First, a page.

Less than two weeks ago, PLOS ONE published a paper about the parents of teenagers who appeared to immediately start questioning their gender identity around the time of puberty. Then the critiques flooded in.
The paper — about a highly contentious issue — surveyed parents who felt that their children had suddenly started to question their gender identity around the time of puberty, prompting author Lisa Littman at Brown University to coin a new phenomenon as “rapid-onset gender dysphoria.” Any discussion of transgender identity in young children can get politicized, and this paper was no exception.
The political aspect of the findings aside, readers have raised some serious concerns about the methodology behind the PLOS ONE paper. So far, multiple comments on the paper have pointed out potential issues in what one user dubbed a “fatally flawed paper” — such as the lack of a control group, the fact that Littman recruited study participants from allegedly biased websites, and only interviewed parents, not children or their clinicians. Brown University even took down a press release touting the study when it first appeared. And the journal has announced it’s taking a second look at the paper.
Earlier this year, The Advocate, a publication focused on LGBT issues, published a commentary titled “‘Rapid Onset Gender Dysphoria’” is biased junk science,” after the Journal for Adolescent Health published one of Littman’s poster abstracts. According the Advocate:
The narrative states that teens, particularly those assigned female at birth, are going on the internet and convincing themselves that they are transgender because being transgender is “trendy.” It treats transgender identities as a form of social contagion. This theory has been picked up on by numerous hate groups and conservative news outlets…
(Incidentally, the same journal, the Journal for Adolescent Health, is now facing backlash on Twitter for deleting a tweet earlier this week in response to the PLOS ONE paper that said Rapid Onset Gender Dysphoria “is not a thing.”)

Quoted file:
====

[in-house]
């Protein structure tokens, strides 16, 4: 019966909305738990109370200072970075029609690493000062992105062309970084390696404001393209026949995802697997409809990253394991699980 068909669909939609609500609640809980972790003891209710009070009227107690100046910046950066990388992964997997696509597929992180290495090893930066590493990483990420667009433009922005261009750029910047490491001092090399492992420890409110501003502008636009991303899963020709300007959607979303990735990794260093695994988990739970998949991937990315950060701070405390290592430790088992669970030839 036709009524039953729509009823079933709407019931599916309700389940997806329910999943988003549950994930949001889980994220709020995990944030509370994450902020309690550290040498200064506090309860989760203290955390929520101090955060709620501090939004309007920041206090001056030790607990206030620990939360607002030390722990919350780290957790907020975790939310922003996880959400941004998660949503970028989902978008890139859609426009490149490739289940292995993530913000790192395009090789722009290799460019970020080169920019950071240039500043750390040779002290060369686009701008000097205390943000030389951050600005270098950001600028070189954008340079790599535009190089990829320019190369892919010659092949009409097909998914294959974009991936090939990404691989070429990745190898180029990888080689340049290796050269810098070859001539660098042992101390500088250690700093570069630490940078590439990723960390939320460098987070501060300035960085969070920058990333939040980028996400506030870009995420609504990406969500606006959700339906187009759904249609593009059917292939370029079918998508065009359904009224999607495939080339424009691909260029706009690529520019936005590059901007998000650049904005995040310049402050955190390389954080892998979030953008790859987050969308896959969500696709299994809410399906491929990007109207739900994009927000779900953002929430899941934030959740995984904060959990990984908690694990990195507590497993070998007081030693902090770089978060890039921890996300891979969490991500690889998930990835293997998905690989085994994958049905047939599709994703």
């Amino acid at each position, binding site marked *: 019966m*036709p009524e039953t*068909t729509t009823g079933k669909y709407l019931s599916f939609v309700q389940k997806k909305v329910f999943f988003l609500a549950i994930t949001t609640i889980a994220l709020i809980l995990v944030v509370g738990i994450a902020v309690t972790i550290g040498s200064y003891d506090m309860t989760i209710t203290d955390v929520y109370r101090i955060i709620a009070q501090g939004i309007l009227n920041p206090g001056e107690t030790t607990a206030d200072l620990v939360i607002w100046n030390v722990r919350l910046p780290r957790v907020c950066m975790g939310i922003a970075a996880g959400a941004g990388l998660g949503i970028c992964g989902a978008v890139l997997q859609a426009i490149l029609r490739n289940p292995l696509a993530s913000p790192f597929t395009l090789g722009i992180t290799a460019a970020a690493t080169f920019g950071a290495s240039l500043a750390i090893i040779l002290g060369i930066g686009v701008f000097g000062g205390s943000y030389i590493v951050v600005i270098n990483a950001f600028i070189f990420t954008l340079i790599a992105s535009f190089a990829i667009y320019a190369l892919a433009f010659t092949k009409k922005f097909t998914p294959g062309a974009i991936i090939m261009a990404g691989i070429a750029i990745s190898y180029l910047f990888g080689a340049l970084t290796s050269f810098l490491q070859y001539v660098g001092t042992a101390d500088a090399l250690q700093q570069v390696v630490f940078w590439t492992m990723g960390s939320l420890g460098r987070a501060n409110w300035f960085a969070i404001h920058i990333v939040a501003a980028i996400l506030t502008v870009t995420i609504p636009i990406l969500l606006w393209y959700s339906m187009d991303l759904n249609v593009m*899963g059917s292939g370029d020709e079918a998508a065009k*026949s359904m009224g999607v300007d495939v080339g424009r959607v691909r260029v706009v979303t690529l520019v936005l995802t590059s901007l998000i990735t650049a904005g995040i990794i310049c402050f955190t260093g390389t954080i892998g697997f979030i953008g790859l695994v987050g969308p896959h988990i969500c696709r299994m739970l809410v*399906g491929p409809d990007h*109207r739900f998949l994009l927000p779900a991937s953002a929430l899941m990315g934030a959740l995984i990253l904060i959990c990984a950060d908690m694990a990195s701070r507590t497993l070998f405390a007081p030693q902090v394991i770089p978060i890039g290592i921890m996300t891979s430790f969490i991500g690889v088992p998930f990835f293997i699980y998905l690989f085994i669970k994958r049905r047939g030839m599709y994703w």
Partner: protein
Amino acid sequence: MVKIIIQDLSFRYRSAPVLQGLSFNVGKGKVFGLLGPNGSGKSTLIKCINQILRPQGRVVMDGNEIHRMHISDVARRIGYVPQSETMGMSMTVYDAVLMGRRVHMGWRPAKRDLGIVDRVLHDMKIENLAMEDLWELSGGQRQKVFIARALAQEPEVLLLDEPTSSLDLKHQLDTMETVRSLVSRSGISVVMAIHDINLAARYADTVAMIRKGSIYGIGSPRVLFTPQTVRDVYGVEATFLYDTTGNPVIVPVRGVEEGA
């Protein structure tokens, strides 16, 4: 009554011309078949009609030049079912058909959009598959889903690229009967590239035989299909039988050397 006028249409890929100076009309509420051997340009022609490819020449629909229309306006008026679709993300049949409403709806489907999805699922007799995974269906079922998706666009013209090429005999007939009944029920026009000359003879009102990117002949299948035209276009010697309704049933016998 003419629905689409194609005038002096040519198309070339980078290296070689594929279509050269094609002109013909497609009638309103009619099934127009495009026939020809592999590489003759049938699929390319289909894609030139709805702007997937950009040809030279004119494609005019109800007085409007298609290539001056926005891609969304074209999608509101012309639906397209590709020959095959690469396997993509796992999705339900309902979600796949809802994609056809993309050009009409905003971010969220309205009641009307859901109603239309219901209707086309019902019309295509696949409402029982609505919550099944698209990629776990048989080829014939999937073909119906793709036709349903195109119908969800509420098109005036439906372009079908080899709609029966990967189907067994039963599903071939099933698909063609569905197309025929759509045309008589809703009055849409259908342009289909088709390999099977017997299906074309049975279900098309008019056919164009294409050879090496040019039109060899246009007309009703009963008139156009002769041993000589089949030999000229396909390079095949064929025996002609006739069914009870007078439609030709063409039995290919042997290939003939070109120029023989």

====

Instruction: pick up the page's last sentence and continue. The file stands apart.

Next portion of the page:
No press, please
In a statement released Tuesday, Brown says it decided to withdraw its press release after learning about the concerns over Littman’s methodology. The statement includes a letter from Bess Marcus, the dean of the school of public health, which says that:
…the School of Public Health has heard from Brown community members expressing concerns that the conclusions of the study could be used to discredit efforts to support transgender youth and invalidate the perspectives of members of the transgender community.
Although Marcus’s letter notes that Brown and the school of public health “always affirmed the importance of academic freedom and the value of rigorous debate informed by research,” the fact that Brown noted in its explanation for retracting the press release that people in the community didn’t like the findings has raised some concerns. Alice Dreger, a historian of science and medicine who has written about attacks on academic freedom, told us:
What researcher would want to work at Brown when the value of your work is determined by political pressure? Is Brown a research institution or a marketing company that accidentally rolled out New Coke?
The research of supposedly unpopular ideas should be our goal in academia, not a source of shame. This is very worrisome indeed.
Here’s an excerpt from the now-retracted press release from Brown:
[Some of the findings] led [Littman] to the hypothesis that friends and online sources could spread certain beliefs. Examples include the belief that non-specific symptoms such as feeling uncomfortable in their own skins or feeling like they don’t fit in — which could be a part of normal puberty or associated with trauma — should be perceived as gender dysphoria; the belief that the only path to happiness is transition; and the belief that anyone who disagrees with the teen is transphobic and should be cut out of their life.
In the study, nearly half of surveyed parents said their teens had experienced a traumatic event before their gender dysphoria. The release notes:
This suggests that the drive to transition expressed by these teens and young adults could be a harmful coping mechanism like drugs, alcohol or cutting, Littman said. With harmful coping mechanisms, certain behaviors are used to avoid feeling negative emotions in the short term, but they do not solve the underlying problems and they often cause additional problems, she noted.
A journal reacts